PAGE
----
The flurry of eliminations in the second level continued when Andreas Eiler flopped trip jacks against Petrangelo's full house. All of the chips went in on the river, and Eiler headed to the payout desk in fourth place.
In the very next hand, Aymon Hata flopped top pair and wasn't able to let it go when Petrangelo rivered a straight. Hata was next on the list of casualties to fall to an overwhelming chip leader, Petrangelo.
“I’m happy with my decision-making and ultimately I had sick cards!”
When heads-up play got underway, Petrangelo held a commanding chip lead over Fox, but the two players wouldn't shy away from getting chips into the pot. The majority of hands included (blind) three and four-bets preflop as they played a lot looser than before they reached the final stage of the tournament.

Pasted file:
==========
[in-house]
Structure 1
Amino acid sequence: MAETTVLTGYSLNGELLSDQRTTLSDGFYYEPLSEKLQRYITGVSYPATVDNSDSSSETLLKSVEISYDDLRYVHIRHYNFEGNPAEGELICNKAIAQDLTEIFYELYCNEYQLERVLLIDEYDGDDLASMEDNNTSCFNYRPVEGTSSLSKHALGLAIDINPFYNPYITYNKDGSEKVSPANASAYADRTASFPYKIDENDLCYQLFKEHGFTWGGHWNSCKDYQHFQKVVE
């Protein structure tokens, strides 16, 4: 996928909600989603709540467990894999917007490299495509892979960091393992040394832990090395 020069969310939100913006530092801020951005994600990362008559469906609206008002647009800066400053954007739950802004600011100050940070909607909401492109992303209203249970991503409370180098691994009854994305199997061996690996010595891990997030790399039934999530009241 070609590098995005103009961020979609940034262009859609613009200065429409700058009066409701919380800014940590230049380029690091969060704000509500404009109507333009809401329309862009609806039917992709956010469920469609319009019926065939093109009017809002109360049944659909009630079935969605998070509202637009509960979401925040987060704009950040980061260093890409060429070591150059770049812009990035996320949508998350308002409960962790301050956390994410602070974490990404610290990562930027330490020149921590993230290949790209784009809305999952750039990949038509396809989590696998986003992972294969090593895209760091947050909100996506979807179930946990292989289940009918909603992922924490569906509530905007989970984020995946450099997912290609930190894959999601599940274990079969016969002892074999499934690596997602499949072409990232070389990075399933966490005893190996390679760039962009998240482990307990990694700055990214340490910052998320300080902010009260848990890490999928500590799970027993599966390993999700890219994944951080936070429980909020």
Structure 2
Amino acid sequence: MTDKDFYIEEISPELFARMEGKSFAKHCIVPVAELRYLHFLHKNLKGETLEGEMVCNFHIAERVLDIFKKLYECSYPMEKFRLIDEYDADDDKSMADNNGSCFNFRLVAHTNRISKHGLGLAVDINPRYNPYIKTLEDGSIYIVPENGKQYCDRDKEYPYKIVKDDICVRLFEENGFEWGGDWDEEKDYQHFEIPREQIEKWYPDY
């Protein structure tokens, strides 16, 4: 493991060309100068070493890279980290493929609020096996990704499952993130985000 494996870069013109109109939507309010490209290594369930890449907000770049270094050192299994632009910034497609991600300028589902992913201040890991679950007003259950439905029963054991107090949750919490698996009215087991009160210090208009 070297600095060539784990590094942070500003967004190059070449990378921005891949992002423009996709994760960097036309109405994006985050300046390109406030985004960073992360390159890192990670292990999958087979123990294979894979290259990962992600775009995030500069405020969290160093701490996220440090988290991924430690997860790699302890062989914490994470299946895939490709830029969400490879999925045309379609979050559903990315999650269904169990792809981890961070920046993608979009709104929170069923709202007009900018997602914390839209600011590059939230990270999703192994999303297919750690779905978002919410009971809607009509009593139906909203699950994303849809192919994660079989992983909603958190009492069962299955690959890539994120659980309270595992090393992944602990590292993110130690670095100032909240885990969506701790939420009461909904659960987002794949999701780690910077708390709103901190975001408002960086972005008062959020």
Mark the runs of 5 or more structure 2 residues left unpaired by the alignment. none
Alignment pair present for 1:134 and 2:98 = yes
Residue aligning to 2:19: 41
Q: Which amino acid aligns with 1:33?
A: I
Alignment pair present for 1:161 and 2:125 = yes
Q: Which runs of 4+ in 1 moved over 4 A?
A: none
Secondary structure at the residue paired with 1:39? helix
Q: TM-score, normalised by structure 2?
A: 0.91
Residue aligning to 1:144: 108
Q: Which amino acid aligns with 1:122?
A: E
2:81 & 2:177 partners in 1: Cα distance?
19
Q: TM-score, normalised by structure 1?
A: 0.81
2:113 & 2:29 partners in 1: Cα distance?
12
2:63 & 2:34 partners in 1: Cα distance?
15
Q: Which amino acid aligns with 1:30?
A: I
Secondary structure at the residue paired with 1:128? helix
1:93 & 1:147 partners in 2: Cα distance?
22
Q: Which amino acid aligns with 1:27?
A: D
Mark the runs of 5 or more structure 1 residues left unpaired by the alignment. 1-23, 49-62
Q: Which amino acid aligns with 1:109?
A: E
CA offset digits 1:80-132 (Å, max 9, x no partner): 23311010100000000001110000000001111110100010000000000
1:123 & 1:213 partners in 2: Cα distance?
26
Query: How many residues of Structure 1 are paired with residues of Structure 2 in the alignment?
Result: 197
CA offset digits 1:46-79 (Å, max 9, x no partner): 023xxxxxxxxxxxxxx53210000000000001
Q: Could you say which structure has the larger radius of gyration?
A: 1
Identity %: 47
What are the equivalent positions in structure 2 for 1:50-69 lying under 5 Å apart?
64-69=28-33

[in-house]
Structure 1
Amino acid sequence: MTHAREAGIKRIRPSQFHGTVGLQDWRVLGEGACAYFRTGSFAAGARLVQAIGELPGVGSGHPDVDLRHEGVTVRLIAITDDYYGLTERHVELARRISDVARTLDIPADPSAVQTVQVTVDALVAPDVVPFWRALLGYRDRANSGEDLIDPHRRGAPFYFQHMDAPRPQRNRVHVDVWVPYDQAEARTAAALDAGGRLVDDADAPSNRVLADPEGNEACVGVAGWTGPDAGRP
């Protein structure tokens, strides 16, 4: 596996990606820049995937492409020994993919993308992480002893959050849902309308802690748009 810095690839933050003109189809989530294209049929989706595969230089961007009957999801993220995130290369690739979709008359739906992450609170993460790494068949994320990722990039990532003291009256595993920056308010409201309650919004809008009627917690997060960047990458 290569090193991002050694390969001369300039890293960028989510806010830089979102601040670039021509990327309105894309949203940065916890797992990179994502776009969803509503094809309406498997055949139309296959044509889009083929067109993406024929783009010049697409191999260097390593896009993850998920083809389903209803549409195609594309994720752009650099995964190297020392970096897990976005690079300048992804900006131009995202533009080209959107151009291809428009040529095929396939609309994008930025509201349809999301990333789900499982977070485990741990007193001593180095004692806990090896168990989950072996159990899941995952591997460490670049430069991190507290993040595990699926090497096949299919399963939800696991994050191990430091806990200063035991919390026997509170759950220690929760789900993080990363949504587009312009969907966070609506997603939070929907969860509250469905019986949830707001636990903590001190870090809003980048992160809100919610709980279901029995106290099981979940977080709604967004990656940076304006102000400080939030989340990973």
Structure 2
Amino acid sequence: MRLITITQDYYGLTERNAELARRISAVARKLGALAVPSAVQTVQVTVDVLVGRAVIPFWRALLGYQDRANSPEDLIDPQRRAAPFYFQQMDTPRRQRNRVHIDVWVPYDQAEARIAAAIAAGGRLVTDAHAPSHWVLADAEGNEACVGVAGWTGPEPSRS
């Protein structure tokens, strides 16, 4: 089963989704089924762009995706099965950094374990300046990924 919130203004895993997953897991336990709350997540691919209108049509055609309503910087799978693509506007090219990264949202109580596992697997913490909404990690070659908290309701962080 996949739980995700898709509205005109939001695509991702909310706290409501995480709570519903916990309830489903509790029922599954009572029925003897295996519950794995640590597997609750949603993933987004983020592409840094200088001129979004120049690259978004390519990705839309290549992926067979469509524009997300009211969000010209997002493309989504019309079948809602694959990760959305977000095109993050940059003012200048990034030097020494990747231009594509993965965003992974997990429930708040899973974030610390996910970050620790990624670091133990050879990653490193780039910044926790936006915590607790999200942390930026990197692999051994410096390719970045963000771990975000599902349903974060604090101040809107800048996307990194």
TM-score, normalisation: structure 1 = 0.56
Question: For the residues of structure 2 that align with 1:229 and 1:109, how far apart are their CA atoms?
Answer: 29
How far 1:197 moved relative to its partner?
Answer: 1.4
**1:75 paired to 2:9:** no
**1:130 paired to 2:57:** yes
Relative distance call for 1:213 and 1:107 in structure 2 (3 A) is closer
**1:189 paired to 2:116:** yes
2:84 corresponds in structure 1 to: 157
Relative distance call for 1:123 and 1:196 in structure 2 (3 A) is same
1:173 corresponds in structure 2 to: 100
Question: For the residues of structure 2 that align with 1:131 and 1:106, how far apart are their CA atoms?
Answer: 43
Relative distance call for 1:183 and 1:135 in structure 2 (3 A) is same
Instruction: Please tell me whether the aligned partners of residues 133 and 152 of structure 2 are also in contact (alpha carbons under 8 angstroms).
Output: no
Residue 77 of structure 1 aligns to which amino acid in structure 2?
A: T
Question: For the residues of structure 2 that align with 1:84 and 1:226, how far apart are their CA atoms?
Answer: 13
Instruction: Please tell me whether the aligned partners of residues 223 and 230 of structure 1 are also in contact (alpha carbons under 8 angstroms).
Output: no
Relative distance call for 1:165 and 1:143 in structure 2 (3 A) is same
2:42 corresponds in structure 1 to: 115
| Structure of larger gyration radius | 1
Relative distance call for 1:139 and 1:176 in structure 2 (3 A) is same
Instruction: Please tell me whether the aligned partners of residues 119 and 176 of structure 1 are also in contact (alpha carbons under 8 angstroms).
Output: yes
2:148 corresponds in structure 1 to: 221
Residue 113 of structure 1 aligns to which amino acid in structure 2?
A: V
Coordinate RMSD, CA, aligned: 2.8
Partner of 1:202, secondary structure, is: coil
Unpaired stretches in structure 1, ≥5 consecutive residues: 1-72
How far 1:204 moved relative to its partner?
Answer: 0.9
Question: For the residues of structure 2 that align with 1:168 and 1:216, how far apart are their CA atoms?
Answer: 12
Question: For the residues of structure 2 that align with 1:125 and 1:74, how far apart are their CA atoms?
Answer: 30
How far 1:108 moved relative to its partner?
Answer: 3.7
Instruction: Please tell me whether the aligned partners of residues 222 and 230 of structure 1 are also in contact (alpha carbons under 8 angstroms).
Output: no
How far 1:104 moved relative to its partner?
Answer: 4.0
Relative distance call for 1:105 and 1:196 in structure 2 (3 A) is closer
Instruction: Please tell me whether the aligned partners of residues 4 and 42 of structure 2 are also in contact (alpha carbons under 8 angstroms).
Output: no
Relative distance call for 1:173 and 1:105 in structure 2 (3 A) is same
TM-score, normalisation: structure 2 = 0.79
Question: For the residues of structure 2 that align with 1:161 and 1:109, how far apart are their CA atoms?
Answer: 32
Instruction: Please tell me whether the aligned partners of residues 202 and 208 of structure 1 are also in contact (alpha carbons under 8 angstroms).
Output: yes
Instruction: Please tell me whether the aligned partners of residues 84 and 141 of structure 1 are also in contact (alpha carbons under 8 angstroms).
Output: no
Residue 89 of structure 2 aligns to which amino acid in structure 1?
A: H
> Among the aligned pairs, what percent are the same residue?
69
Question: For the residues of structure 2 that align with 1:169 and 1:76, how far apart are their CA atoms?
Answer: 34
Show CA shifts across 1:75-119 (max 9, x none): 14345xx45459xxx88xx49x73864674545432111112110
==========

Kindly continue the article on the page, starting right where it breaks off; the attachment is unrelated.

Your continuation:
Fox won multiple hands in a row and eventually took over the chip lead for a short period of time. It wouldn't last long as Petrangelo was all in with jack-three suited against Fox's pocket fives. Petrangelo flopped a pair of jacks and a flush and held on for a double up to regain the lead.
Just moments later, in another four-bet preflop hand, Fox check-raised when he flopped two pair. Petrangelo saw a turn card that gave him a larger two pair and all of the chips went into the middle on the river. Fox's hope for a second bracelet to start the 2018 WSOP came to an end, and Petrangelo's rail burst into cheers.